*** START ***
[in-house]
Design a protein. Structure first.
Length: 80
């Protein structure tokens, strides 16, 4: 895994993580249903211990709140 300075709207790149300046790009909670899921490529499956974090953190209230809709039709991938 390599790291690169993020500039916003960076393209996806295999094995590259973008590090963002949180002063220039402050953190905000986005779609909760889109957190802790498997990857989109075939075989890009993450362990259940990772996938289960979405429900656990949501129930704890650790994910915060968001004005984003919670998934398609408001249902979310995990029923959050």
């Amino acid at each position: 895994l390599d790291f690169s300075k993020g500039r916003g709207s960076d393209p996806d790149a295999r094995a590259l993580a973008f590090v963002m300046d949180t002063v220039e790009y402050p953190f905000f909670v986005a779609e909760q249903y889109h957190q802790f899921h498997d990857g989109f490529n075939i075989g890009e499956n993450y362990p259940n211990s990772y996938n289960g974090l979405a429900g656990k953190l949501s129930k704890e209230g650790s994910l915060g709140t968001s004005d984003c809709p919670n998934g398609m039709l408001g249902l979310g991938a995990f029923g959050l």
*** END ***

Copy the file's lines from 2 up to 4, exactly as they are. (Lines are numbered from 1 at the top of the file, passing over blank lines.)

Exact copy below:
Design a protein. Structure first.
Length: 80
């Protein structure tokens, strides 16, 4: 895994993580249903211990709140 300075709207790149300046790009909670899921490529499956974090953190209230809709039709991938 390599790291690169993020500039916003960076393209996806295999094995590259973008590090963002949180002063220039402050953190905000986005779609909760889109957190802790498997990857989109075939075989890009993450362990259940990772996938289960979405429900656990949501129930704890650790994910915060968001004005984003919670998934398609408001249902979310995990029923959050």